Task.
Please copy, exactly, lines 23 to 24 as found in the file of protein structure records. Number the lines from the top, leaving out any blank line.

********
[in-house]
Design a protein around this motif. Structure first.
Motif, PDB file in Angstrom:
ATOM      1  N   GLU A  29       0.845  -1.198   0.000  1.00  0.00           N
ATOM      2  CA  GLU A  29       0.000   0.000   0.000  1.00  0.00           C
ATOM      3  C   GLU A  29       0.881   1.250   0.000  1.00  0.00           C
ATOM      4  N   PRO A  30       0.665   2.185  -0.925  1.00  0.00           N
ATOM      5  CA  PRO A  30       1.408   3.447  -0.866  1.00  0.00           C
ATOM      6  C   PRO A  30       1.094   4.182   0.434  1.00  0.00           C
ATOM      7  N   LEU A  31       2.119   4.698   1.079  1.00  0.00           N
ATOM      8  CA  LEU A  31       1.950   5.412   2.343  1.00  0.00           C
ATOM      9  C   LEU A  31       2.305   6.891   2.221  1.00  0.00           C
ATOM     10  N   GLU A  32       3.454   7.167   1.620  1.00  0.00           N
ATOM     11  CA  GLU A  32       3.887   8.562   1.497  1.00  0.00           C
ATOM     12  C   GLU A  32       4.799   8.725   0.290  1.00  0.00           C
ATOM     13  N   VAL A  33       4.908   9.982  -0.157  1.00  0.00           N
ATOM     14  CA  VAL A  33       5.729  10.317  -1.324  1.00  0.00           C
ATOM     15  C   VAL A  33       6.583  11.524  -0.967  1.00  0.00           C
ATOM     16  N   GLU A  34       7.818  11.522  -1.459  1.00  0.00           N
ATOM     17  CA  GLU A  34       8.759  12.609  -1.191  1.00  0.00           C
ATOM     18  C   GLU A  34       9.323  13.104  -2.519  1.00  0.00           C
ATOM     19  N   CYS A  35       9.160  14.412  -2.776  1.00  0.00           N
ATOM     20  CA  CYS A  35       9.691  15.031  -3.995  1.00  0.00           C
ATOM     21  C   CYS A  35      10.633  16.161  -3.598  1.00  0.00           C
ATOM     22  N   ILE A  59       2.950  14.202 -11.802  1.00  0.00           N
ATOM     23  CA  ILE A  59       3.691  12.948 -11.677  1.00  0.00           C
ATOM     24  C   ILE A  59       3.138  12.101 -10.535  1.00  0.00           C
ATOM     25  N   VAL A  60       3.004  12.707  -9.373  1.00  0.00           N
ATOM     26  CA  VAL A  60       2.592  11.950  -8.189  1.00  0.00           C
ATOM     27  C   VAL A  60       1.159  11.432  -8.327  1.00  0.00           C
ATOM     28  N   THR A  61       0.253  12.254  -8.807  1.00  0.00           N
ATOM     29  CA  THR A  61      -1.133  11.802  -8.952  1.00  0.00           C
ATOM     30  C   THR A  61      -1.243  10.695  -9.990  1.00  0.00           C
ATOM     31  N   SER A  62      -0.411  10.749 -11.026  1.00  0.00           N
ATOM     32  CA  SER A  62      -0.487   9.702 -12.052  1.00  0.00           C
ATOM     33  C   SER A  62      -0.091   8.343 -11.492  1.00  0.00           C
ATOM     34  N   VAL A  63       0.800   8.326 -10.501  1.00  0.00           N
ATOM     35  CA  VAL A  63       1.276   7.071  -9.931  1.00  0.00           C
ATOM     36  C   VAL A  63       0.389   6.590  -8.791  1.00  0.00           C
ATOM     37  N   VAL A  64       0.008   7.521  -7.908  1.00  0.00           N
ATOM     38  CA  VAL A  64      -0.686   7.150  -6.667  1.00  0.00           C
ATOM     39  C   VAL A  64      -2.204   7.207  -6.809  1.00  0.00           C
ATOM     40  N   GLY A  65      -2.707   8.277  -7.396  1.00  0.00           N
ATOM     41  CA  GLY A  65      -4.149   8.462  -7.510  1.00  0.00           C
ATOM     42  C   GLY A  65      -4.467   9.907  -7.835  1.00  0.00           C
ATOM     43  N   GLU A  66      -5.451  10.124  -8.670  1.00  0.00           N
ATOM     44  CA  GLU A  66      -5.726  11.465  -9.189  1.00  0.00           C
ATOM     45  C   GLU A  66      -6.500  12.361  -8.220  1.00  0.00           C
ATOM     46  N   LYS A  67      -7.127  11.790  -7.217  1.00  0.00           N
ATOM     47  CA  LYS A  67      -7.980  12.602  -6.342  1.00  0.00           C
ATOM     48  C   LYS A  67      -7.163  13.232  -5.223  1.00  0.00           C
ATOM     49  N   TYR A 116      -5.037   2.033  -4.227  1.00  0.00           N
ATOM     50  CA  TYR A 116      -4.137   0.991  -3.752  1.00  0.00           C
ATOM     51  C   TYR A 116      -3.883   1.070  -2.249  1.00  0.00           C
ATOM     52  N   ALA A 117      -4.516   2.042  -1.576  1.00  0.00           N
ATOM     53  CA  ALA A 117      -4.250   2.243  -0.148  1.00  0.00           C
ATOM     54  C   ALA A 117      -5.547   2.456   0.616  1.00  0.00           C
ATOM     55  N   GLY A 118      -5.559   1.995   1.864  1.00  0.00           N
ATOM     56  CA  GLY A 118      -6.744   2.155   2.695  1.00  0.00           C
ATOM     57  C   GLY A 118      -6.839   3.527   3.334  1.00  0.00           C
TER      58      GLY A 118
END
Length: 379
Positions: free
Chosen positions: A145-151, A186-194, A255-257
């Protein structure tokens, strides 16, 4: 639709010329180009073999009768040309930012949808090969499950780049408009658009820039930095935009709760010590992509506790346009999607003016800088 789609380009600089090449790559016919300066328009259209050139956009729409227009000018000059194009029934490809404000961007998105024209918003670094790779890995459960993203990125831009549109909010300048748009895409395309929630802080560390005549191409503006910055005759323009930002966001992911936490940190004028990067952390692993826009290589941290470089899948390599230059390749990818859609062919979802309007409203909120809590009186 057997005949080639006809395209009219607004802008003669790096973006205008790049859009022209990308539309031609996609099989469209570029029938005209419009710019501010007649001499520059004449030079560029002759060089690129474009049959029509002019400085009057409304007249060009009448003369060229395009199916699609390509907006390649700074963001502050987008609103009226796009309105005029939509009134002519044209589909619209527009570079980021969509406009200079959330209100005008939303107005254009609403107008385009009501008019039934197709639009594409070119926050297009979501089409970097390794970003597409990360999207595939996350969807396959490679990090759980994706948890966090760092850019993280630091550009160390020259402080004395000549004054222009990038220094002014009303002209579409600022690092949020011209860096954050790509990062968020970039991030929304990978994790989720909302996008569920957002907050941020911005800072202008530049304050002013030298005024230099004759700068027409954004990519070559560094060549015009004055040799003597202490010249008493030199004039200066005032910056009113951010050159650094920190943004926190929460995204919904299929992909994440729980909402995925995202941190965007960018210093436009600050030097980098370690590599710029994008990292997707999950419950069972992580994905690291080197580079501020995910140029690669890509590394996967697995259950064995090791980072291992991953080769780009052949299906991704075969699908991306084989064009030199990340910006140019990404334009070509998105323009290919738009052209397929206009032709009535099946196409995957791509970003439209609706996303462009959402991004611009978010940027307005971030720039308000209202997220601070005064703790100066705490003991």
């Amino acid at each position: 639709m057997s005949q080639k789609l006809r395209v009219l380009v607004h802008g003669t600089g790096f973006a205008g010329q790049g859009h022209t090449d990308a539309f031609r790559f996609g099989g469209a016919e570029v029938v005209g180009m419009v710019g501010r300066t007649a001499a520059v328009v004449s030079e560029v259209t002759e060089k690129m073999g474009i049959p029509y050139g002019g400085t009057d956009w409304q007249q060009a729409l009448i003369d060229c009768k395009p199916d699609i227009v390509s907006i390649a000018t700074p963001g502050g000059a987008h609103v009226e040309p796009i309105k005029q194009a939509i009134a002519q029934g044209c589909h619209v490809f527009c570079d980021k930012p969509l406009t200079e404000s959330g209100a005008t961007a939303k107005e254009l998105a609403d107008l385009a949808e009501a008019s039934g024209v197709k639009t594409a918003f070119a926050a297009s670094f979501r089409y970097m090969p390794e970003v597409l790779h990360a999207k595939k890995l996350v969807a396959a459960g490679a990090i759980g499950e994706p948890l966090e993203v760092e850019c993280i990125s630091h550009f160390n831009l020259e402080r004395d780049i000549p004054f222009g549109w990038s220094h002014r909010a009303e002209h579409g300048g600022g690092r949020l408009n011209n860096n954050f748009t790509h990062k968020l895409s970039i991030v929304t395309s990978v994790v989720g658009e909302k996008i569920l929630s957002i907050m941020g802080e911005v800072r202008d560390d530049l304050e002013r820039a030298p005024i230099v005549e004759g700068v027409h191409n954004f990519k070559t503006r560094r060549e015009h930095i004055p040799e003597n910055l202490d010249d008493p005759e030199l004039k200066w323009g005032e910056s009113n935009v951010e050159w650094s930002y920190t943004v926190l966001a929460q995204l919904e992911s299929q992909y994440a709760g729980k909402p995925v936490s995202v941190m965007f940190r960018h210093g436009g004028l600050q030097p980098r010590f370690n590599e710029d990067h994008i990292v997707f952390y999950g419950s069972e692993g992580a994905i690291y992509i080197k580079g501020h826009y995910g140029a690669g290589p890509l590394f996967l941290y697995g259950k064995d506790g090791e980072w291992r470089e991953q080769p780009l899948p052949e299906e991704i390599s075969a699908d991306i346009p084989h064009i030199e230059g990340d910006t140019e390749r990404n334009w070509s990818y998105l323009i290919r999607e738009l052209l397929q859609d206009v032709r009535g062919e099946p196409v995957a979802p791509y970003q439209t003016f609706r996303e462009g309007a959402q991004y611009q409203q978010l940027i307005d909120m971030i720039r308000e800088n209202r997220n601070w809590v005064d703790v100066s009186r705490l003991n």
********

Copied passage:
ATOM     20  CA  CYS A  35       9.691  15.031  -3.995  1.00  0.00           C
ATOM     21  C   CYS A  35      10.633  16.161  -3.598  1.00  0.00           C